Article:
I played quite a bit at the various Harrah's properties in Vegas a few weeks ago... Most of my time at Caesars was spent back in the poker room, where the dealers were very chatty and friendly, though I can't speak for any other areas of the casino.

I played most of my blackjack, roulette, etc. at ~$25/bet at Harrah's and the Rio. The dealers I came across in Harrah's weren't particularly friendly but not rude either. The dealers at the Rio were the best I encountered during my stay and I played there the most because of it.

I didn't spend as much time at MGM properties, but Aria was the place that stood out in my mind as having the friendliest service.
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April 20th, 2010 at 9:35:10 AM permalink
From my experience, I'd say that the Pai Gow dealers at Bellagio are very friendly. The craps dealers are probably more professional (dice move very fast) and only somewhat unfriendly (in that there was no greeting, no how are you, no chatting at all, even when tipping). It's the blackjack tables, and particularly during the daytime, where the dealers are surly and just unfriendly. It actually turned me right off of gambling at the Bellagio. At nighttime, the 21 dealers do lighten up somewhat.

There are NO $5 Blackjack tables at the Bellagio, except early on a weekday morning, where I saw two (they were $10 later in the table). There is a great deal of $10 Blackjack at Bellagio, all with the same CSMs, Hit Soft 17 rules.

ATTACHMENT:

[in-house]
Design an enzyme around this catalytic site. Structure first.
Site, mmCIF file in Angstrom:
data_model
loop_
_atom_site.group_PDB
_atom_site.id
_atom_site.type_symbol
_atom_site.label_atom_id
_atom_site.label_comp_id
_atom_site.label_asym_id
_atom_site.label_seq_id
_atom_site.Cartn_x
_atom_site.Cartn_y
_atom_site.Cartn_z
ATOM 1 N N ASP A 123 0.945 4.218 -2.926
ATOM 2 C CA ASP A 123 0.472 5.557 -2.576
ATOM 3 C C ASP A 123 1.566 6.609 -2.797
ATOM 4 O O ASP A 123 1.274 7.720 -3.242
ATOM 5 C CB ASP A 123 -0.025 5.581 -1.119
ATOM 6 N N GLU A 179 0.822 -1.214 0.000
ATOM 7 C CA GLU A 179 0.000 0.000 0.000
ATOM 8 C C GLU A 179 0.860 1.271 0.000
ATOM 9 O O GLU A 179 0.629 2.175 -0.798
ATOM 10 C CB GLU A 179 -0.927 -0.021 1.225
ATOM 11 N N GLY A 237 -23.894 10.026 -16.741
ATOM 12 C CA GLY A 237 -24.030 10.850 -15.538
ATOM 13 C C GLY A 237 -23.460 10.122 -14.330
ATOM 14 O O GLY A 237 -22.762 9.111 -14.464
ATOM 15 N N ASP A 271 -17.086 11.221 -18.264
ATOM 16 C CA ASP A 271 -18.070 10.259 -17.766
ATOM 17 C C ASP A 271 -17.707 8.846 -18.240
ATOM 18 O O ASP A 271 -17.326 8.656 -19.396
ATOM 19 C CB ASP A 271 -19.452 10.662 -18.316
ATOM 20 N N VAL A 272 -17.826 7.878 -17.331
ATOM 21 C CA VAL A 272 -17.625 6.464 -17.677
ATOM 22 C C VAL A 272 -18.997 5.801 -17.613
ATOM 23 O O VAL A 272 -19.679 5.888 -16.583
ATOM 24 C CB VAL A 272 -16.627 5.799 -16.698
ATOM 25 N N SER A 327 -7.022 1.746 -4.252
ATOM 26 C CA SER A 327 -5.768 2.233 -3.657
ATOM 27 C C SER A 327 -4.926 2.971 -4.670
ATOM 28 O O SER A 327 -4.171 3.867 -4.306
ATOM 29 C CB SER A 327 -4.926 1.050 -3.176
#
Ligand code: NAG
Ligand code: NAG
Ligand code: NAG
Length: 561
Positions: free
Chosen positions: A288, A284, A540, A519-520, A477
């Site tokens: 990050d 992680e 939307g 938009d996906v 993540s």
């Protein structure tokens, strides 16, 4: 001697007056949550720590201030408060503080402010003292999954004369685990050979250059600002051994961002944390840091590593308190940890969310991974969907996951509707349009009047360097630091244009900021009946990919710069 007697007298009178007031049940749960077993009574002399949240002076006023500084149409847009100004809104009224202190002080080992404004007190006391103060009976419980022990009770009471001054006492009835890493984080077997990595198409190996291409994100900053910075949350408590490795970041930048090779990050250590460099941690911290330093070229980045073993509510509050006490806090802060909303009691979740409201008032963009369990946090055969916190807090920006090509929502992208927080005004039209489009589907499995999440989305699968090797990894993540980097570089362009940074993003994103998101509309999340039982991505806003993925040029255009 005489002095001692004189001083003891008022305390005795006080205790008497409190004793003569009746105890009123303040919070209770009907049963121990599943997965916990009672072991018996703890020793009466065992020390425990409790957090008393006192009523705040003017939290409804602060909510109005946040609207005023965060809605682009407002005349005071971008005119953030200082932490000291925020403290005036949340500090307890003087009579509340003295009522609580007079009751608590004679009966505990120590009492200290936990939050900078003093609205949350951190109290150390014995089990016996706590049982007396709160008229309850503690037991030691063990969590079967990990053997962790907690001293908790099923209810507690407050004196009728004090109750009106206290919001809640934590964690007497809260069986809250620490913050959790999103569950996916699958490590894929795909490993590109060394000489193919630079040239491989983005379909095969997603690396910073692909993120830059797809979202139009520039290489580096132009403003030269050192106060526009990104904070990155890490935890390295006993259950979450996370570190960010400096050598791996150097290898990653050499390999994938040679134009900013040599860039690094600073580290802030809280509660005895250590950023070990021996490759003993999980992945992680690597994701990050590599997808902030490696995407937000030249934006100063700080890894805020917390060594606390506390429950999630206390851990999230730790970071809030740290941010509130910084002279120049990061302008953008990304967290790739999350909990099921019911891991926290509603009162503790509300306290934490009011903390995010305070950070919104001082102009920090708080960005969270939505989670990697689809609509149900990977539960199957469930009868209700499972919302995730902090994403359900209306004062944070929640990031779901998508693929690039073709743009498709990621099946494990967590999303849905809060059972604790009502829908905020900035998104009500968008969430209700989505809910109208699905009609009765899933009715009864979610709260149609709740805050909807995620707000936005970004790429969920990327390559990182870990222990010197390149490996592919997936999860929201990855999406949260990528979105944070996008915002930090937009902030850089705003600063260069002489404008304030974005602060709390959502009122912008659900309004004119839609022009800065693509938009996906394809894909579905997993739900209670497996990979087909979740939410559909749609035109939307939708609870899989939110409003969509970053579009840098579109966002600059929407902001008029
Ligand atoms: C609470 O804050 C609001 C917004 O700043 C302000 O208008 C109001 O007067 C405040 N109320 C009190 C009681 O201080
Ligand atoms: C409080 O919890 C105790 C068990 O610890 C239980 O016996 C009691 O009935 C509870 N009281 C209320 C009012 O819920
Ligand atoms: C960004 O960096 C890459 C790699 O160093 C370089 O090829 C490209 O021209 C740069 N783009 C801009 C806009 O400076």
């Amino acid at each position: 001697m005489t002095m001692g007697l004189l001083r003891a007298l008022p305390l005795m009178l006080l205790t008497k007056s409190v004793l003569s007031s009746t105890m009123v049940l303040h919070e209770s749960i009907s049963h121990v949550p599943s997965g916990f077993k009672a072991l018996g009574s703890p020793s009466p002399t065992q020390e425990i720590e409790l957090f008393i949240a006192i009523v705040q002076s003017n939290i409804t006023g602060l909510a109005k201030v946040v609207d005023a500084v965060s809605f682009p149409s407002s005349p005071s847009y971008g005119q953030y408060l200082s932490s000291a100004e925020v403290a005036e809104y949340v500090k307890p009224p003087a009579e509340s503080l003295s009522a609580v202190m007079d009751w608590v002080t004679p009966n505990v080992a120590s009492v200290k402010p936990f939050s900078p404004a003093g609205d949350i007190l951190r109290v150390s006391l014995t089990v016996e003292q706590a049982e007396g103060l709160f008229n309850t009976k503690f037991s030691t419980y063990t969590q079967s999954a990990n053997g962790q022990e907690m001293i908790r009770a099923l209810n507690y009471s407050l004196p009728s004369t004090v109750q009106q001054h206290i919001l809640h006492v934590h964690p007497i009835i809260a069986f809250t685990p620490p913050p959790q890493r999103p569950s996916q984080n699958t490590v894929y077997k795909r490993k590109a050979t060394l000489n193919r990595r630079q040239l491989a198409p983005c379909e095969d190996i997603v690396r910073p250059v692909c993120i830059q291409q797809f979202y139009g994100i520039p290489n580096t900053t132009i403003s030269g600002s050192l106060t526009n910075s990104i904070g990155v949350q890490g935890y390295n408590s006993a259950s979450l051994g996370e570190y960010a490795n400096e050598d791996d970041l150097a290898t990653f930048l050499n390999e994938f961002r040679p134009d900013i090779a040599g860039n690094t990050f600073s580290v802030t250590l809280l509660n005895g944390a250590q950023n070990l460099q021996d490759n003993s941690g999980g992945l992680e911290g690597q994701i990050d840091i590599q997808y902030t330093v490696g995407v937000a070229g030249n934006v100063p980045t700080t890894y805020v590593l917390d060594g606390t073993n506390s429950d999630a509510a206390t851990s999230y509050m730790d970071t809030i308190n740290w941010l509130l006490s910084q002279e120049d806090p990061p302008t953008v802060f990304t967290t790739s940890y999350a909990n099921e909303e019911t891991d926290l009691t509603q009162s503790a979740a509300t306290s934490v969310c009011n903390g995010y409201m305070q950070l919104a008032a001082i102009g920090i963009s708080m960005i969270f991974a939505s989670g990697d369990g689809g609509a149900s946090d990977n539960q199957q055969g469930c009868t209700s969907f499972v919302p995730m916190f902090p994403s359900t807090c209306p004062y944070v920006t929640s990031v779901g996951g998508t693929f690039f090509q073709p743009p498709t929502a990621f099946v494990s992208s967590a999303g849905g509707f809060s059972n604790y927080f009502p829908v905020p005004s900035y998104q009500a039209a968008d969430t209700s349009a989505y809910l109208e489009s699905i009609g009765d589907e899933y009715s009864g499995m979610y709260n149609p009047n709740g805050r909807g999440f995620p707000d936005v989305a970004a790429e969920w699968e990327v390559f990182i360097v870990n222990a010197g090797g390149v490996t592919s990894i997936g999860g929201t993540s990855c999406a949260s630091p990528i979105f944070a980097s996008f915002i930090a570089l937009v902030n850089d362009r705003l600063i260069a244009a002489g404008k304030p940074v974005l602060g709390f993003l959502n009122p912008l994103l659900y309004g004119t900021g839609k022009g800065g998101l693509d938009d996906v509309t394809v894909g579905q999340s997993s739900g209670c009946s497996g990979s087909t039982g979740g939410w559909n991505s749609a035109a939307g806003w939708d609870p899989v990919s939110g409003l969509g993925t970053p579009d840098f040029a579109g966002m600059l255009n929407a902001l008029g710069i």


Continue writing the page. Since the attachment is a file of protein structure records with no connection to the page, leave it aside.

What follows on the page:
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April 20th, 2010 at 10:11:22 AM permalink
I haven’t really played very much in the Bellagio, even though we visit the fountains, lobby, and conservatory every time we are in Las Vegas. Thus, I don’t really have valid input on the friendliness of their dealers. My only comment on the posted review is regarding the description of the payouts at craps:

Quote: Tim B.

…31 for 1, 16 for 1 on horn bets, and 10 and 8 to 1 on hardway bets

I am skeptical about the “to 1” on the hardway bets. I feel certain it should be “for 1”, even though I have seen other threads in this forum where people have said 10 and/or 8 to 1 about hardways.

It may be off topic, but I will relate a little anecdote about a visit to the Bellagio back in 2003. My wife and I wanted to see the Cirque du Soleil “O”, and we arrived very hopefully at the theater in the early evening without tickets. We asked at the box office about same night availability. We were told that nothing would be available for the early show and that there was nothing currently available for the late show. We were told that tickets might become available (i.e., VIPs might not ask for all that had been held back), and we could try our luck in a line to the side that would form about 90 minutes later.

While waiting for time to get into line, I went over to a $10 crap table, bought in for my usual low bankroll (probably $100 back then) and left the table while I was up just over $600. Before I cashed in my chips, I told my wife she should take home a few of the $1 chips I had left as souvenir gifts for her friends – what else could you get for $1 that truly shouted "Vegas" and did it with a bit of class? I kept one of the chips myself, and that was the start of my chip-collecting obsession.

We did get the tickets to the show (great imposter-VIP location), at $150 each, so I have always claimed that the Bellagio paid us $300 to watch “O” that night.